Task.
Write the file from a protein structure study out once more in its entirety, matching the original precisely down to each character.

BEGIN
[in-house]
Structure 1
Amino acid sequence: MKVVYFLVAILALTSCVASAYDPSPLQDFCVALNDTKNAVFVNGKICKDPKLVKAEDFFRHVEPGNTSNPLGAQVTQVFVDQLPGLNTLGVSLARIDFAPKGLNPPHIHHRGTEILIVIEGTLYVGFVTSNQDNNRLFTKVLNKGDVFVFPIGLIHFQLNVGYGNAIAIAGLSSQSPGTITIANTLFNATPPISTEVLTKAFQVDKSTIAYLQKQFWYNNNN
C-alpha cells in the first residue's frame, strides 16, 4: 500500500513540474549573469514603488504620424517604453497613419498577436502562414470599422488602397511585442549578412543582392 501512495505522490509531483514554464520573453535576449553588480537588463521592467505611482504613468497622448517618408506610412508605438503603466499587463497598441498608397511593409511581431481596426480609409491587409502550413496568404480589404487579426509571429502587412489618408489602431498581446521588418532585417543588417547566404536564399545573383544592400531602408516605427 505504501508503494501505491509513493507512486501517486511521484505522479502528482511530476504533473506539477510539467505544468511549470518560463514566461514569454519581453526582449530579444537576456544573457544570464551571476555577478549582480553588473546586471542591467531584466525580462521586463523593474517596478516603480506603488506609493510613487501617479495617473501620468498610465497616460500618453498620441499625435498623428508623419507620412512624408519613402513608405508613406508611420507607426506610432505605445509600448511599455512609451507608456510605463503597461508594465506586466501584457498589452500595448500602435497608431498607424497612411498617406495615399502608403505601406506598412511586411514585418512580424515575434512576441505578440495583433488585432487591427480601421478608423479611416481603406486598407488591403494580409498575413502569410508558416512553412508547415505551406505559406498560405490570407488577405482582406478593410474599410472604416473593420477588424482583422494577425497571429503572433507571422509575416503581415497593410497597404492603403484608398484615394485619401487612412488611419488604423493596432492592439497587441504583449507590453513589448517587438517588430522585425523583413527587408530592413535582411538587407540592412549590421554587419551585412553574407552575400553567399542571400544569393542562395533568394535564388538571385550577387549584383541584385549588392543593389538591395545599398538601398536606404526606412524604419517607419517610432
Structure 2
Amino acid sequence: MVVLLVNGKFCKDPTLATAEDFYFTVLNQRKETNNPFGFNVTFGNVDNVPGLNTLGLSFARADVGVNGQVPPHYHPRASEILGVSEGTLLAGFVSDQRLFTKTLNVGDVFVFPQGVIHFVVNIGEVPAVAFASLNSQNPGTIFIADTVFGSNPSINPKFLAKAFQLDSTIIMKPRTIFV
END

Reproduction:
[in-house]
Structure 1
Amino acid sequence: MKVVYFLVAILALTSCVASAYDPSPLQDFCVALNDTKNAVFVNGKICKDPKLVKAEDFFRHVEPGNTSNPLGAQVTQVFVDQLPGLNTLGVSLARIDFAPKGLNPPHIHHRGTEILIVIEGTLYVGFVTSNQDNNRLFTKVLNKGDVFVFPIGLIHFQLNVGYGNAIAIAGLSSQSPGTITIANTLFNATPPISTEVLTKAFQVDKSTIAYLQKQFWYNNNN
C-alpha cells in the first residue's frame, strides 16, 4: 500500500513540474549573469514603488504620424517604453497613419498577436502562414470599422488602397511585442549578412543582392 501512495505522490509531483514554464520573453535576449553588480537588463521592467505611482504613468497622448517618408506610412508605438503603466499587463497598441498608397511593409511581431481596426480609409491587409502550413496568404480589404487579426509571429502587412489618408489602431498581446521588418532585417543588417547566404536564399545573383544592400531602408516605427 505504501508503494501505491509513493507512486501517486511521484505522479502528482511530476504533473506539477510539467505544468511549470518560463514566461514569454519581453526582449530579444537576456544573457544570464551571476555577478549582480553588473546586471542591467531584466525580462521586463523593474517596478516603480506603488506609493510613487501617479495617473501620468498610465497616460500618453498620441499625435498623428508623419507620412512624408519613402513608405508613406508611420507607426506610432505605445509600448511599455512609451507608456510605463503597461508594465506586466501584457498589452500595448500602435497608431498607424497612411498617406495615399502608403505601406506598412511586411514585418512580424515575434512576441505578440495583433488585432487591427480601421478608423479611416481603406486598407488591403494580409498575413502569410508558416512553412508547415505551406505559406498560405490570407488577405482582406478593410474599410472604416473593420477588424482583422494577425497571429503572433507571422509575416503581415497593410497597404492603403484608398484615394485619401487612412488611419488604423493596432492592439497587441504583449507590453513589448517587438517588430522585425523583413527587408530592413535582411538587407540592412549590421554587419551585412553574407552575400553567399542571400544569393542562395533568394535564388538571385550577387549584383541584385549588392543593389538591395545599398538601398536606404526606412524604419517607419517610432
Structure 2
Amino acid sequence: MVVLLVNGKFCKDPTLATAEDFYFTVLNQRKETNNPFGFNVTFGNVDNVPGLNTLGLSFARADVGVNGQVPPHYHPRASEILGVSEGTLLAGFVSDQRLFTKTLNVGDVFVFPQGVIHFVVNIGEVPAVAFASLNSQNPGTIFIADTVFGSNPSINPKFLAKAFQLDSTIIMKPRTIFV